booklets is 0.009 inch and the maximum thickness is 0.25 inch 
regardless of size. Thickness is measured at the spine of the 
    The current maximum weight of 3 ounces has not changed and is 
applicable to all mailpieces prepared without envelopes. However, to 
improve machinability we recommend reducing the length of 3-ounce 
booklets to a final trim size of 9 inches.
    Cover stock requirements vary with 40-pound minimum basis weight 
for folded booklet designs and 60- or 70-pound minimum basis weight for 
pieces longer than 9 inches. Lighter-weight paper tends to be easily 
damaged in processing equipment. The use of paper that is 10 pounds 
heavier than the required minimum basis weight is recommended for 
better processing performance. We strongly recommend using a minimum of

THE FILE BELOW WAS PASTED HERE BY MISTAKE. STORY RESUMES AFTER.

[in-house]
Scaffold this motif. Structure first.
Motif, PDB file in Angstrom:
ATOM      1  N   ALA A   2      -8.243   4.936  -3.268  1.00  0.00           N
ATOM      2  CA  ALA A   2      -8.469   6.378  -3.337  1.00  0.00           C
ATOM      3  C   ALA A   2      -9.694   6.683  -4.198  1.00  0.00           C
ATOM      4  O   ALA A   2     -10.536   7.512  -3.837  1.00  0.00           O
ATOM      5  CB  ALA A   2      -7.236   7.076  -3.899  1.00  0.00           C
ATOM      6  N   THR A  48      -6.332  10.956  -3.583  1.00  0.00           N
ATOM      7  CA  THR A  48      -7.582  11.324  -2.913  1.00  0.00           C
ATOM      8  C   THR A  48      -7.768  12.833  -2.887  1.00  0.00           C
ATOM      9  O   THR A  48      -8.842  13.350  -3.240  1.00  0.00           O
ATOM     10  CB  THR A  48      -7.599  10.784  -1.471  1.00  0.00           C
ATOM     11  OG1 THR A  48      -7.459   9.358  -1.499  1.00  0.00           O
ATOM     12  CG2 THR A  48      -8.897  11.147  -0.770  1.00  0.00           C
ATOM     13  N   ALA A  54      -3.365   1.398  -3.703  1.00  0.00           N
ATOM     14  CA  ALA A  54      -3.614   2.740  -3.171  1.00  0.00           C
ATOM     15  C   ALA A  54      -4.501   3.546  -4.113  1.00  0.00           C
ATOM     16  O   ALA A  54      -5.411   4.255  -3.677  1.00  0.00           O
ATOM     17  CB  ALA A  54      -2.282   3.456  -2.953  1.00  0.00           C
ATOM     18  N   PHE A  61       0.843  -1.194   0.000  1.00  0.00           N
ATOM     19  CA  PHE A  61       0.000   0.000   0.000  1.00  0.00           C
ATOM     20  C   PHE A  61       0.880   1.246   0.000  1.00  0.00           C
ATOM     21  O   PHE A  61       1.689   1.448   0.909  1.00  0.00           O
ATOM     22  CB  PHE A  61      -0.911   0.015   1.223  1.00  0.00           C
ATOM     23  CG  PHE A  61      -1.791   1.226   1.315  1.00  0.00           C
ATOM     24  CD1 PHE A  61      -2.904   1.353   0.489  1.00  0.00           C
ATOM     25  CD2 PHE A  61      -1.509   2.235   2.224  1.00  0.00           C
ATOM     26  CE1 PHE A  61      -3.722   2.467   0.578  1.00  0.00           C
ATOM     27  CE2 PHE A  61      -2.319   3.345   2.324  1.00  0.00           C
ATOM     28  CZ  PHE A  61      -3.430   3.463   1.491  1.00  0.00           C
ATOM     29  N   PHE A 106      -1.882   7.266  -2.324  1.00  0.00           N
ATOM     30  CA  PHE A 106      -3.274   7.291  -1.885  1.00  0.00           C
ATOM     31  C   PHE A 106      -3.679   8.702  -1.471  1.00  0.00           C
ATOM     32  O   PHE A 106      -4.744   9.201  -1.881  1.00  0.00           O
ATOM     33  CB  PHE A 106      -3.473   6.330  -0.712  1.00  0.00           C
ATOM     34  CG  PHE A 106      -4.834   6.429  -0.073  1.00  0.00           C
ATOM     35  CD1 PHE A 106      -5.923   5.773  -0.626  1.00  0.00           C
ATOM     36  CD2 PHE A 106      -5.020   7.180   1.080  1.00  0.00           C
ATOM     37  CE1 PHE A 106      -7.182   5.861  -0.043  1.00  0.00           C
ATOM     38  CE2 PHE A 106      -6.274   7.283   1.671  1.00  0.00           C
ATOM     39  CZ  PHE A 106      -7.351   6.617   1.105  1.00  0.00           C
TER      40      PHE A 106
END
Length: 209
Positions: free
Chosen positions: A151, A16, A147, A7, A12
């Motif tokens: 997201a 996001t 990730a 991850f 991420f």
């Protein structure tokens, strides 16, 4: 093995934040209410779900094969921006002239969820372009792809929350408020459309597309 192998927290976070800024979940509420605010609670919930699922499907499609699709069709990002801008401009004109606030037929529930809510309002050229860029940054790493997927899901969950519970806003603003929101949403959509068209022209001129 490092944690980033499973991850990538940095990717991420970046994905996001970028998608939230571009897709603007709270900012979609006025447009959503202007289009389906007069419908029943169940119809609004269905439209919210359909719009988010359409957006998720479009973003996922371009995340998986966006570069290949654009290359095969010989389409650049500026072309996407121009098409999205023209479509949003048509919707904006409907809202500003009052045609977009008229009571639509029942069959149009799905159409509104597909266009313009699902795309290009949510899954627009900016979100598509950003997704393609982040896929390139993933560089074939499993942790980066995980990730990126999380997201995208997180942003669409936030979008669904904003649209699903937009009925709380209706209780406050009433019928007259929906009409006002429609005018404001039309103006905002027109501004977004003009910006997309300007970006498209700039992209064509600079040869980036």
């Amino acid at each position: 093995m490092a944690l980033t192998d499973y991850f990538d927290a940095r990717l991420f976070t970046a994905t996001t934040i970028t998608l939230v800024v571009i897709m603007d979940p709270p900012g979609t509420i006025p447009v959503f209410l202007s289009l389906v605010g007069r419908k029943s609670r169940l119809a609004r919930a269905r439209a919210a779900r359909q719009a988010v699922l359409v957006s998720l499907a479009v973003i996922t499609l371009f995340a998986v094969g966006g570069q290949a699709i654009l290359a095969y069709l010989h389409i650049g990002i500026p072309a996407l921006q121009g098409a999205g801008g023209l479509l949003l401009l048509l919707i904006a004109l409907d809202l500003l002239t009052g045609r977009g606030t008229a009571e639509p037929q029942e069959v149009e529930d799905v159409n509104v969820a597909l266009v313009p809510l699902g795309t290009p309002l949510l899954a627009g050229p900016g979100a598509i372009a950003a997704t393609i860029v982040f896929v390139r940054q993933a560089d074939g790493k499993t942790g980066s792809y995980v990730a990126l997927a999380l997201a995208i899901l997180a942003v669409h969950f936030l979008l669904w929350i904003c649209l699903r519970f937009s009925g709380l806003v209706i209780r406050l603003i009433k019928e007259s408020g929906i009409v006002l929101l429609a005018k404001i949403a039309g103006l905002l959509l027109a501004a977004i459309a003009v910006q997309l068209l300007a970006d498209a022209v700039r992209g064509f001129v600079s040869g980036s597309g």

70-pound paper as cover stock on mailpiece designs that approach 
maximum booklet dimensions. References to paper weights are for book-
grade paper unless otherwise specified. A paper grade conversion table 
is included in DMM Exhibit 201.3.2 for reference.
    The bottom edge of booklets must be a bound edge or fold unless the 
mailpiece is prepared as an oblong booklet. Oblong booklets must be 
prepared with a spine on the leading edge. Booklets with a spine on the 
trailing edge are nonmachinable.
    Tabs used to seal booklets must not have perforations. Generally, 
booklets need three 1\1/2\-inch tabs as closures. For larger or heavier 
booklets, we recommend 2-inch paper tabs. Glue spots or a continuous 
glue line may be used to seal some booklet designs.
    Booklets that do not comply with the new standards will not be 
eligible for machinable or automation letter prices. Nonmachinable